Drive My Car director Hamaguchi: Oscar buzz is beyond imagination

By Emma Saunders
Entertainment reporter

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Hamaguchi's film won three prizes at Cannes last year including best screenplay

Ryusuke Hamaguchi is in uncharted waters.

A well-known and respected director on the festival circuit through films such as Happy Hour and Wheel of Fortune and Fantasy, his latest movie, Drive My Car, has catapulted him from the arthouse scene straight to the Hollywood hills.

As a searing Japanese-language film about an actor/theatre director navigating his way through complicated grief following the sudden death of his wife, there were early suggestions it would be a frontrunner on the Academy Awards' international film shortlist.

But as this gentle, absorbing epic slowly began to gain traction, it was ultimately rewarded with not one but four Oscar nominations last month - best picture, best director, best adapted screenplay and (no prizes for guessing) best international film.

"I'm surprised to see my work nominated for Oscars," Hamaguchi tells the BBC in his typically understated way, via an interpreter. "And it's beyond my imagination, but getting interviews like this, I'm starting to realise this is real."

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Yusuke Kafuku (Hidetoshi Nishijima) and Misaki Watari (Toko Miura) form a bond during their long drives

While the recognition may be unexpected, Hamaguchi is keen to point out that the divide between so-called indie films and Hollywood-backed studio movies isn't always as big as we might think.

"I don't think there's a big gap between the two and even arthouse films are appealing to the masses. A lot of classic films have a higher level of art and I don't think there's a lot of difference between the two," he says.

It's certainly true that this isn't the first time in recent years that an arthouse film has gained the Academy's attention, with movies such as Moonlight picking up best picture in 2016 and South Korean hit Parasite triumphing in the same category three years later.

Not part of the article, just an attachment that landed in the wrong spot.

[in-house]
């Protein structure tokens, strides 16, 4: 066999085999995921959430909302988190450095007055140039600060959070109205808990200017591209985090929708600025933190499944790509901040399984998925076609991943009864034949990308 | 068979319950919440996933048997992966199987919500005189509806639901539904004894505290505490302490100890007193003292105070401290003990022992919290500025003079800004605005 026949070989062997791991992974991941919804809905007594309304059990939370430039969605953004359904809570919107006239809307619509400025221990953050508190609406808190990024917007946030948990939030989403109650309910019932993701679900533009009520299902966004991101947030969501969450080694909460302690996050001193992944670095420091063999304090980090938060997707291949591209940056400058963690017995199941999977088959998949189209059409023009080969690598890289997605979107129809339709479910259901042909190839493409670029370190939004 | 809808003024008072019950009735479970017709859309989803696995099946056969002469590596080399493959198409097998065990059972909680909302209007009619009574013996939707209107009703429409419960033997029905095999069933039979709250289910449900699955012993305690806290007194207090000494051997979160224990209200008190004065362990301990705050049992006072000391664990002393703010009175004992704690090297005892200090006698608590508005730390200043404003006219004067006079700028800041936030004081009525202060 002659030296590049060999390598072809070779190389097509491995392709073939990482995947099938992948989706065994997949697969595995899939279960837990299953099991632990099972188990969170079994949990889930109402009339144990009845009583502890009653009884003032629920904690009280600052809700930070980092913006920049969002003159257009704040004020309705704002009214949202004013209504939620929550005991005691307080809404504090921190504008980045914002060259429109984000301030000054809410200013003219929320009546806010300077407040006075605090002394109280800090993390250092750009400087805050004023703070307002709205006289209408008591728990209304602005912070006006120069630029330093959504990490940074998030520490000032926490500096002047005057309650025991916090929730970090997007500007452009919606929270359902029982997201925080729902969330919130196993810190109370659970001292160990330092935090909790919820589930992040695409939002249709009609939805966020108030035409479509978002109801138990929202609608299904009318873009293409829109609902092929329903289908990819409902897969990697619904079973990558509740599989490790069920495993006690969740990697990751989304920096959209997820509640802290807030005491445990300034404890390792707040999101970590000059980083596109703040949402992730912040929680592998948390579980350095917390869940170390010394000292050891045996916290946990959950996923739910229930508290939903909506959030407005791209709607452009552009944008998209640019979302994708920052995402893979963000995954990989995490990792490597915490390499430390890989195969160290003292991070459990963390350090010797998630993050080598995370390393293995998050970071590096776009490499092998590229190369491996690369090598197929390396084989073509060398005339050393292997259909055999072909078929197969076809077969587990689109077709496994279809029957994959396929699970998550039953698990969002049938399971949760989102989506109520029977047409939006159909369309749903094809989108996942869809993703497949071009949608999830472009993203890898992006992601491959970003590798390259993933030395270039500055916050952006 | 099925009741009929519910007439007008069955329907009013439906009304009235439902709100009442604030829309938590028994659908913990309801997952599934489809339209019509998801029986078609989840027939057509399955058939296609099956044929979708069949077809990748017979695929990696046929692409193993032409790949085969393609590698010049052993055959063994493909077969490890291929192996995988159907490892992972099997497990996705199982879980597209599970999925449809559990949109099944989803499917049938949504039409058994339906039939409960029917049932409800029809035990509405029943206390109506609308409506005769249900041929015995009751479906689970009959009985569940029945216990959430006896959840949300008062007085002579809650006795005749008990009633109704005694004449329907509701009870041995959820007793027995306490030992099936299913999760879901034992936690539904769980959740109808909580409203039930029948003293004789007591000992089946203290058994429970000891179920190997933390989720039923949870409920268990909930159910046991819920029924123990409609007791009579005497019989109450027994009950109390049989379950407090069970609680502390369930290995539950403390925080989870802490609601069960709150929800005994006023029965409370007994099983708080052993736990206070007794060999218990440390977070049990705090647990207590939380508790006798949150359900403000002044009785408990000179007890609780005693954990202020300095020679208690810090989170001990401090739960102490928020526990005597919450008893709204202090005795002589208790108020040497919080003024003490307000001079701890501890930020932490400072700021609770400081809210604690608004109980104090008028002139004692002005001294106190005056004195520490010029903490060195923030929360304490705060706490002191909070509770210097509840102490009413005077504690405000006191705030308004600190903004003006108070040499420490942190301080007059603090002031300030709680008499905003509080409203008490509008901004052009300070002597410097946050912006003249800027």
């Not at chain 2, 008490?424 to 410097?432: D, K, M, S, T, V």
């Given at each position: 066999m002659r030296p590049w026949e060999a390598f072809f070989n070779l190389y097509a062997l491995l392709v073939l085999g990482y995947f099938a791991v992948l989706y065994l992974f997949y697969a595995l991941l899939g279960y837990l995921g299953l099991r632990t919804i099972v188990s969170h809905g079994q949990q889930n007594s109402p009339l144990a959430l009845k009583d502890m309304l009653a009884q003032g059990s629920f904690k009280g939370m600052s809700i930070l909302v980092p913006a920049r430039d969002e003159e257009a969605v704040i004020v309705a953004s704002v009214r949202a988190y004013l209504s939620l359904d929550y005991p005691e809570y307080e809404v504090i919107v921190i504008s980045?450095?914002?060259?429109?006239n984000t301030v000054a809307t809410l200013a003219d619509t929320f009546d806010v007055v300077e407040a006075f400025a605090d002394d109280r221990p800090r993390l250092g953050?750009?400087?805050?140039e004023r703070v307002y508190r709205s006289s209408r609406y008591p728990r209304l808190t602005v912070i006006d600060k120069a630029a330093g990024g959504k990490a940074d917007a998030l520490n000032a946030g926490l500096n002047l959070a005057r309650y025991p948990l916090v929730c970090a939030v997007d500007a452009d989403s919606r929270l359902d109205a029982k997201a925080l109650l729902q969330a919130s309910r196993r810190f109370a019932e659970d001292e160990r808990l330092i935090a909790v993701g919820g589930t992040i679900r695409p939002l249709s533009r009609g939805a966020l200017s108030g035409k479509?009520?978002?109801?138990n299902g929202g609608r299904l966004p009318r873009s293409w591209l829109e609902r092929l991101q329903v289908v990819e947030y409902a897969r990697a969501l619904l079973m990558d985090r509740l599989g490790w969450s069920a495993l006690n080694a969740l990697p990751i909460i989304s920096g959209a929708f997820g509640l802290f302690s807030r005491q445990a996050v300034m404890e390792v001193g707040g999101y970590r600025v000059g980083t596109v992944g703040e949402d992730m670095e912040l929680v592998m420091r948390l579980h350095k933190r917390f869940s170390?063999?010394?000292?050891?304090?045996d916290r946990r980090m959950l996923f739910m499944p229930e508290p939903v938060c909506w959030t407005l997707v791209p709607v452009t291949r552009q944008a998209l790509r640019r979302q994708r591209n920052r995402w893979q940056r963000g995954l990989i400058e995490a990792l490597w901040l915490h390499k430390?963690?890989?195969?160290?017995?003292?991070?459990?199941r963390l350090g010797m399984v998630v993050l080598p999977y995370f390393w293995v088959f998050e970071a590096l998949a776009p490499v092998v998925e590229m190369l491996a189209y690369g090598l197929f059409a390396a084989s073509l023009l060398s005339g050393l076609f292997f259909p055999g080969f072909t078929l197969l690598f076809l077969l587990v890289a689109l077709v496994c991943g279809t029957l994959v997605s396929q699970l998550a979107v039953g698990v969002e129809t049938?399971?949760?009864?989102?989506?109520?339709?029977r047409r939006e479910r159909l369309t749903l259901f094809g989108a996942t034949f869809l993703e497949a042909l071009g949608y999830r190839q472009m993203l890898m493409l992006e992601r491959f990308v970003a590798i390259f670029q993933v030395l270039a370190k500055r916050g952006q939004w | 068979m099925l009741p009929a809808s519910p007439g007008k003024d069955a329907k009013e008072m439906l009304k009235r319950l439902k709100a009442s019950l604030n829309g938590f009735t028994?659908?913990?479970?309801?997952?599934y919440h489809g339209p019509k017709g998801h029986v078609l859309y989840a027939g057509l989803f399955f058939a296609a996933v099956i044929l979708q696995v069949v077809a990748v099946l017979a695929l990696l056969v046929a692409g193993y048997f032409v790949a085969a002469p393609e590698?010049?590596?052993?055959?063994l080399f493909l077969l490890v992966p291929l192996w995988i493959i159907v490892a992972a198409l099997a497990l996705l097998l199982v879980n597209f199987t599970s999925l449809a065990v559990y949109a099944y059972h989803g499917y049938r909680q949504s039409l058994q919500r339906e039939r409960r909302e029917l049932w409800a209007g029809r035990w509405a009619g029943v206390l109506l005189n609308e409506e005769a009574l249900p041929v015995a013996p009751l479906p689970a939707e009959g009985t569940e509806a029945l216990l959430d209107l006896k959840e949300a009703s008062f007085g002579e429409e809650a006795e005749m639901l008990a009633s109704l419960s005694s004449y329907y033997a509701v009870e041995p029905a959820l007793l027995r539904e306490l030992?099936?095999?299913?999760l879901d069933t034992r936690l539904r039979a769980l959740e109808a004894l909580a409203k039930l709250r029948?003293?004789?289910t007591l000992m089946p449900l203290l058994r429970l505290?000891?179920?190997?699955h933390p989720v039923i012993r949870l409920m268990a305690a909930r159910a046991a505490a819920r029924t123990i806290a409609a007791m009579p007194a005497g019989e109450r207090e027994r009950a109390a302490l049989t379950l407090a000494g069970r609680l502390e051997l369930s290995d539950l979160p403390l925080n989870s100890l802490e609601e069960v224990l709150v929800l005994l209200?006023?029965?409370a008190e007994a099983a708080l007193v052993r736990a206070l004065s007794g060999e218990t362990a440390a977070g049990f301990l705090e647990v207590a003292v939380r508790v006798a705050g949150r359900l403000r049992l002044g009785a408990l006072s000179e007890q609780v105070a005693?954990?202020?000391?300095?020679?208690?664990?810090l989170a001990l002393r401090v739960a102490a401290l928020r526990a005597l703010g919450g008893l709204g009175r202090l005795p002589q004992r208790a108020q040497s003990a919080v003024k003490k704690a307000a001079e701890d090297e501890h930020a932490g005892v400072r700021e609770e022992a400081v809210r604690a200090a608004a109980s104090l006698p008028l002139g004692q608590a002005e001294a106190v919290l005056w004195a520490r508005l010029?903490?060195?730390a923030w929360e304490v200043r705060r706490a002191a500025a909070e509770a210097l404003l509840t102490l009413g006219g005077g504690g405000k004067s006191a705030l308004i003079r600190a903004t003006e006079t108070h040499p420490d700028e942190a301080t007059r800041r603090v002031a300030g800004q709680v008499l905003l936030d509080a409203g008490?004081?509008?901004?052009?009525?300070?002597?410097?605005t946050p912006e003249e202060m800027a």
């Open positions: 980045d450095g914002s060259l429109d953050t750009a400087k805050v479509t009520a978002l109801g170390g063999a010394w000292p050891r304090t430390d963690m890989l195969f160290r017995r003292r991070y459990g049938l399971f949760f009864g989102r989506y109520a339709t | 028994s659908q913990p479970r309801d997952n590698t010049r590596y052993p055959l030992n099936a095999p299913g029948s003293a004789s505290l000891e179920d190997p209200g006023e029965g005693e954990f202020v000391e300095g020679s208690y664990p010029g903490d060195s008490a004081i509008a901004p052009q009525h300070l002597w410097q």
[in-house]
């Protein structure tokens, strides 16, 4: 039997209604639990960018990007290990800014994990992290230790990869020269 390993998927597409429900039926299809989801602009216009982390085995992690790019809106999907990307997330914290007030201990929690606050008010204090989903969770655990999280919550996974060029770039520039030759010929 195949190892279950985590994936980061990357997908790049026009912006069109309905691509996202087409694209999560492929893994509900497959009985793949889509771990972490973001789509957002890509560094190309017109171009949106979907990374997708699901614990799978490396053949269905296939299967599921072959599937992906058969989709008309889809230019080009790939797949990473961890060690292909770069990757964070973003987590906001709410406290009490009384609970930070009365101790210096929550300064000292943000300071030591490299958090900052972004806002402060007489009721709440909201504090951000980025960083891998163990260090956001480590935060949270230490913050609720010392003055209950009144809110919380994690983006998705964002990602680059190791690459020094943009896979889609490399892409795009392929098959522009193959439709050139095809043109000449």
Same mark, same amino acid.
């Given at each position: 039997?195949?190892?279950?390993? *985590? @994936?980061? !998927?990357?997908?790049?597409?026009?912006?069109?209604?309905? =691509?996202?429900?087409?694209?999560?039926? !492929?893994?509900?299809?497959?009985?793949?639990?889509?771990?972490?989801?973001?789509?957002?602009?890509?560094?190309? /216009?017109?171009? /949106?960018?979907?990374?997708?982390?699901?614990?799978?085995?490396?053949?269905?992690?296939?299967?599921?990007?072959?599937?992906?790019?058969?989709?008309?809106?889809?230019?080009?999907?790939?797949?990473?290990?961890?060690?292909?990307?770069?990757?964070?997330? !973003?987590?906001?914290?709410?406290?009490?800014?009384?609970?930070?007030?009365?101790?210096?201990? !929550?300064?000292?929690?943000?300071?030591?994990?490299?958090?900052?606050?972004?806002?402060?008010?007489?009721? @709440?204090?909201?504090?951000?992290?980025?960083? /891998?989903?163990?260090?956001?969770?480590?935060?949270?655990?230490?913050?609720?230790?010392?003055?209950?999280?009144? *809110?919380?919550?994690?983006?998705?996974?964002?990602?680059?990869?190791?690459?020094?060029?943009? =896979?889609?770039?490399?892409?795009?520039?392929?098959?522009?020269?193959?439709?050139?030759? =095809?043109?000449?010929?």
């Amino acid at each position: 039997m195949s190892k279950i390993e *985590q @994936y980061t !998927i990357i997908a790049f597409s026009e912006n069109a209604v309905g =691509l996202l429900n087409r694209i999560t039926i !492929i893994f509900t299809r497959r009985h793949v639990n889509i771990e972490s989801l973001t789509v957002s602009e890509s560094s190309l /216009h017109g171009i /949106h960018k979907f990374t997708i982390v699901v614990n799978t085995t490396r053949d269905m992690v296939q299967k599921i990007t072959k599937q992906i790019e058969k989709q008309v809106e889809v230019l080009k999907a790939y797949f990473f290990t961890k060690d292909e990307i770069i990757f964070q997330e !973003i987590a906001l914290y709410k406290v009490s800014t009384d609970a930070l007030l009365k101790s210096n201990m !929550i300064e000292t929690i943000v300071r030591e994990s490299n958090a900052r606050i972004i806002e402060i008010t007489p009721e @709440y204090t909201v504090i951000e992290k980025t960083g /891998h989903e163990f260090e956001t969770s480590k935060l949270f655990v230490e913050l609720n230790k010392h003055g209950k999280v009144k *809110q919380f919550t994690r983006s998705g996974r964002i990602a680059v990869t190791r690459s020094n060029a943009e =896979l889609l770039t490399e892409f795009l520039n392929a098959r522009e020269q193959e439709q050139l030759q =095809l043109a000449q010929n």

But Drive My Car is the first Japanese film to be nominated for an Oscar for best picture.

Love and loss

It follows the story of Yusuke Kafuku (Hidetoshi Nishijima) whose wife Oto (Reika Kirishima) dies suddenly. Two years later, he drives his beloved vintage Saab 900 to Hiroshima to direct a production of Chekov's Uncle Vanya.

There he forms an unlikely friendship with his young female chauffeur Misaki Watari (Toko Miura) who is employed to drive him back and forth from rehearsals.

Kafuku listens to tapes of his late wife reading lines from the play in the car, processing his grief as he gradually opens up to Misaki, who in turn becomes less reticent as the film progresses.

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Reika Kirishima (left) plays Oto Kafuku while Toko Miura is taciturn chauffeur, Misaki

At three hours long - including a 40-minute prelude ahead of the opening credits - it's the longest film on this year's shortlist.

Some critics have pointed out that a little endurance may be required due to the running time. Writing in The Observer, Wendy Ibe notes "this is a supremely confident piece of film-making from Ryusuke Hamaguchi, albeit one that, at three hours long and with a rather Chekhov-heavy second half, will certainly require the right mindset".

But the overall consensus is that the film is richly rewarding, with a 98% positive rating on Rotten Tomatoes and the LA Times's Justin Chang calling the film "a haunting masterpiece".

Its length is in stark contrast to its source material, a sparse short story by renowned Japanese writer Haruki Murakami.

So how did Hamaguchi and co-writer Takamasa Oe go about expanding the tale?

"Creating the screenplay was challenging," he admits.

"The original story is only about 40 pages long but deep inside there's a huge narrative by the author. And to use a house analogy, we've tried to dig deep and find a house buried deep down - we thought it was a house but it was actually a massive divine palace that we found.